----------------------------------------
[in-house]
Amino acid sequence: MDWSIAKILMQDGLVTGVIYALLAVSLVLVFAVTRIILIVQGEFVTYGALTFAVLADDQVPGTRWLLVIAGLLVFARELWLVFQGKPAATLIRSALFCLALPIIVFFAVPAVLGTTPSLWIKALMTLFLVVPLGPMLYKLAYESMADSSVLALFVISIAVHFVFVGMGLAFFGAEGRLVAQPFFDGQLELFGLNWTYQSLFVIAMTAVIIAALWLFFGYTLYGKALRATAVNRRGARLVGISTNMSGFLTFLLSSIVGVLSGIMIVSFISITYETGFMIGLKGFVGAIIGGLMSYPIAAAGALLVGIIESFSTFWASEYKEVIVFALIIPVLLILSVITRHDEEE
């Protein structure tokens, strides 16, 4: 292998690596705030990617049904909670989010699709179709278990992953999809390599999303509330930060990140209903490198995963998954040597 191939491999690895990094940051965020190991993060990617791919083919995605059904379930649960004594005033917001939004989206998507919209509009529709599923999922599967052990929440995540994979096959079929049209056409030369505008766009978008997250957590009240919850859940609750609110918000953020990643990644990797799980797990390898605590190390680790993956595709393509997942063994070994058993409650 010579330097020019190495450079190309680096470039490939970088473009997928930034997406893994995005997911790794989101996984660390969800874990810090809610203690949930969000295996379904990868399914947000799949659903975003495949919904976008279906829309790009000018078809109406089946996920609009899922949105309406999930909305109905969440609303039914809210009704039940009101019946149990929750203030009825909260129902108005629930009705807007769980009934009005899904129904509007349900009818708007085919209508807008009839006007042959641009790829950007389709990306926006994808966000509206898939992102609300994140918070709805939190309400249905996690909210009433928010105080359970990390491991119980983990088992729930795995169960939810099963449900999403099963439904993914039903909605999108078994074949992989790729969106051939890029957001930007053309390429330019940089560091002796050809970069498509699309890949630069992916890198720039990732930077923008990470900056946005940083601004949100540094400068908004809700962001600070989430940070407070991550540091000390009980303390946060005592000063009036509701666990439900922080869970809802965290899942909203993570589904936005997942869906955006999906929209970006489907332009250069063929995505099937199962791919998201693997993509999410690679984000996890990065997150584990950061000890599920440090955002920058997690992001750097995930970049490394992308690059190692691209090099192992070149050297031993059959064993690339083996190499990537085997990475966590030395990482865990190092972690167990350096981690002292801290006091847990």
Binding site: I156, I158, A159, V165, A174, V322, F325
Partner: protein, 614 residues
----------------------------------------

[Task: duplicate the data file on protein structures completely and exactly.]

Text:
[in-house]
Amino acid sequence: MDWSIAKILMQDGLVTGVIYALLAVSLVLVFAVTRIILIVQGEFVTYGALTFAVLADDQVPGTRWLLVIAGLLVFARELWLVFQGKPAATLIRSALFCLALPIIVFFAVPAVLGTTPSLWIKALMTLFLVVPLGPMLYKLAYESMADSSVLALFVISIAVHFVFVGMGLAFFGAEGRLVAQPFFDGQLELFGLNWTYQSLFVIAMTAVIIAALWLFFGYTLYGKALRATAVNRRGARLVGISTNMSGFLTFLLSSIVGVLSGIMIVSFISITYETGFMIGLKGFVGAIIGGLMSYPIAAAGALLVGIIESFSTFWASEYKEVIVFALIIPVLLILSVITRHDEEE
């Protein structure tokens, strides 16, 4: 292998690596705030990617049904909670989010699709179709278990992953999809390599999303509330930060990140209903490198995963998954040597 191939491999690895990094940051965020190991993060990617791919083919995605059904379930649960004594005033917001939004989206998507919209509009529709599923999922599967052990929440995540994979096959079929049209056409030369505008766009978008997250957590009240919850859940609750609110918000953020990643990644990797799980797990390898605590190390680790993956595709393509997942063994070994058993409650 010579330097020019190495450079190309680096470039490939970088473009997928930034997406893994995005997911790794989101996984660390969800874990810090809610203690949930969000295996379904990868399914947000799949659903975003495949919904976008279906829309790009000018078809109406089946996920609009899922949105309406999930909305109905969440609303039914809210009704039940009101019946149990929750203030009825909260129902108005629930009705807007769980009934009005899904129904509007349900009818708007085919209508807008009839006007042959641009790829950007389709990306926006994808966000509206898939992102609300994140918070709805939190309400249905996690909210009433928010105080359970990390491991119980983990088992729930795995169960939810099963449900999403099963439904993914039903909605999108078994074949992989790729969106051939890029957001930007053309390429330019940089560091002796050809970069498509699309890949630069992916890198720039990732930077923008990470900056946005940083601004949100540094400068908004809700962001600070989430940070407070991550540091000390009980303390946060005592000063009036509701666990439900922080869970809802965290899942909203993570589904936005997942869906955006999906929209970006489907332009250069063929995505099937199962791919998201693997993509999410690679984000996890990065997150584990950061000890599920440090955002920058997690992001750097995930970049490394992308690059190692691209090099192992070149050297031993059959064993690339083996190499990537085997990475966590030395990482865990190092972690167990350096981690002292801290006091847990």
Binding site: I156, I158, A159, V165, A174, V322, F325
Partner: protein, 614 residues